Photo: RNZDunedin is the Southern District Health Board’s first choice should managed Covid-19 isolation facilities be set up in the South. Invercargill’s mayor, deputy mayor, council and Great South declined or were unavailable for comment last night. Dunedin Mayor Aaron Hawkins said it was no surprise Dunedin Hospital was the board’s first choice. Mr Hawkins said he had been assured Dr Woods would make no decision about a role for Dunedin in managed isolation until she had visited the city. Managers of Dunedin hotels said last night they were yet to be approached by the Government about being used as isolation facilities.
July 07, 2020 16:32 UTC
A floating dummy tethered to a fence next to the floodwaters on Aubrey Rd amused drivers and passers-by during the rain on Monday. Work has begun on finding a solution to stormwater flooding that occurs regularly on one of Wanaka’s main arterial routes. Queenstown Lakes Deputy Mayor Calum MacLeod said contractors would be digging out 3-4m of the existing soak pit at the entrance to Northlake in Aubrey Rd this week. If we find good gravel, then we are away.’’Contractors pump out the last of the floodwaters on Aubrey Rd, Wanaka. Mr McNatty said the floating dummy was now on dry land and whoever owned it was welcome to collect it.
PHOTO: SUPPLIEDScott Technology has had to let go of 20% of its global workforce, including 15 jobs in Dunedin, as a result of Covid-19 impacts. It had gone through a restructure that cut about 150 jobs from the business as it moved to a recovery phase, chief executive John Kippenberger said. "Essentially, it did cover a number of areas from right throughout the supply chain of Scott in New Zealand." Scott announced progress on a number of projects around the world and a "growing list of inquiries" for its automation and robotic solutions. Scott had recommenced a project to get a large appliance automation line ready at Bosch in China.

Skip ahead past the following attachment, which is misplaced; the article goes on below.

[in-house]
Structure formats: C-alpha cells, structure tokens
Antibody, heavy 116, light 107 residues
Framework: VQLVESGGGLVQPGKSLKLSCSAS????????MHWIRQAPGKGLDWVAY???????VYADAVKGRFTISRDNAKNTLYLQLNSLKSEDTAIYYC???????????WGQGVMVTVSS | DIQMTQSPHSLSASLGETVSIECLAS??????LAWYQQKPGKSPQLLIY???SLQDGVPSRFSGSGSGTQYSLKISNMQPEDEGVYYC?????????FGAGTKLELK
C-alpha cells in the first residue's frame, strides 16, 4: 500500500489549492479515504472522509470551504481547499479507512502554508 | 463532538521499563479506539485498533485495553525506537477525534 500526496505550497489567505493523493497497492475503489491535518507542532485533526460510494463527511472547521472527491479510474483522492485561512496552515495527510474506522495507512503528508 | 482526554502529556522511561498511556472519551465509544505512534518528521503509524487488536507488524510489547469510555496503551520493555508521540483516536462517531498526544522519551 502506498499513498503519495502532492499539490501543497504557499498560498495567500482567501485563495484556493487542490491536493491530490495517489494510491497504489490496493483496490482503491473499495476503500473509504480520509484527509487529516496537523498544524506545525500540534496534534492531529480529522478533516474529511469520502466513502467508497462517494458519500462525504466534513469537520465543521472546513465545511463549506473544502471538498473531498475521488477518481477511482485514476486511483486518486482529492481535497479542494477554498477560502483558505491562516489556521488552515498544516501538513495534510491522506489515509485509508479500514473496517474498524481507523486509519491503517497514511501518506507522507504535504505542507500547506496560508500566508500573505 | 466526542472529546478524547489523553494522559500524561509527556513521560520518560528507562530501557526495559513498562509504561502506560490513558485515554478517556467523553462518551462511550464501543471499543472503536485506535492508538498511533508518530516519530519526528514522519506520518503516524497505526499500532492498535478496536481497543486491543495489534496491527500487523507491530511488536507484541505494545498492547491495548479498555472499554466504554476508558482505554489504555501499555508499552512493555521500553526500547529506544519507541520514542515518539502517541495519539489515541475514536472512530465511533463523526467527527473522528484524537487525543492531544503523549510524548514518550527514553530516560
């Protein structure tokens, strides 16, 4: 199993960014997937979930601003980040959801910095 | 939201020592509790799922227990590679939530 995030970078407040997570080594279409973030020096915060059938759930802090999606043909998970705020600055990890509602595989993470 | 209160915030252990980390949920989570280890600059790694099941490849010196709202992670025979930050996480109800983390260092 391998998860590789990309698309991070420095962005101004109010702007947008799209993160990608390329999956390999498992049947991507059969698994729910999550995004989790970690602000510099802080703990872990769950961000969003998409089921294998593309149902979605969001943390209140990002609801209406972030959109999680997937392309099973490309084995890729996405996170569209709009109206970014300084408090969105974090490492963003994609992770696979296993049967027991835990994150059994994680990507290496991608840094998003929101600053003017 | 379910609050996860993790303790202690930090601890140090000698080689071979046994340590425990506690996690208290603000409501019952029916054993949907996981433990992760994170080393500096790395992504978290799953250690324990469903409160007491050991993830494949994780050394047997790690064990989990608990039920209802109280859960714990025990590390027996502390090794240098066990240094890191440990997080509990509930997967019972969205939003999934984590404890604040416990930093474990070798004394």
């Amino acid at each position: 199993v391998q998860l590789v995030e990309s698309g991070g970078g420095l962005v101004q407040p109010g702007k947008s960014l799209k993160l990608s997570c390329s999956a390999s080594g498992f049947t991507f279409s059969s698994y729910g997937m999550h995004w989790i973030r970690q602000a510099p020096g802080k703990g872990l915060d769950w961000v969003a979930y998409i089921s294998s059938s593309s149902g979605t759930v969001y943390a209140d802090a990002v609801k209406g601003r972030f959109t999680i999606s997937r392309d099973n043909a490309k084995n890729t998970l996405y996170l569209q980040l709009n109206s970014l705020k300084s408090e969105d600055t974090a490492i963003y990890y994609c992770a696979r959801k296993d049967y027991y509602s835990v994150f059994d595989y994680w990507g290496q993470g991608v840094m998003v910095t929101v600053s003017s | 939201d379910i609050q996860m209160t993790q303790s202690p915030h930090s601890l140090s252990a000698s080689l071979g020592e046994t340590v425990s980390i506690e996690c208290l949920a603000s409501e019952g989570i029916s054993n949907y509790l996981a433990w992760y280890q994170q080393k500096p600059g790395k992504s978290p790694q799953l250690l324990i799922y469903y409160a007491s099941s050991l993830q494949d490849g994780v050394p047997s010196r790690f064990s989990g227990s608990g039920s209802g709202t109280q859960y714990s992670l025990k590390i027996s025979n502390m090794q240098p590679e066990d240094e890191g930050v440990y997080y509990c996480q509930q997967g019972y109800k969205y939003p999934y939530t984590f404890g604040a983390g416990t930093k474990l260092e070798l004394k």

Nick SargentTwo-thirds of responses so far to a survey on changes to Dunedin’s central city one-way system want it to remain as it is. Joint client lead, and city council transport strategy manager Nick Sargent said only about a third of the 290 responses so far were in favour of doing away with the one-way system and moving to a two-way system. The options were keeping the two one-way state highways through the central city or turning the southbound Castle St one-way state highway into a 50kmh two-way highway and the Cumberland St one-way state highway into a two-way 30kmh local road with cycle lanes. A decision on Dunedin’s streets would need to be made in early 2021 to help the hospital rebuild, Mr Sargent said. "Ultimately, the Waka Kotahi [NZ Transport Agency] board will decide what will happen to the state highway network and will also decide how to invest in the transport networks with its partner organisations," he said.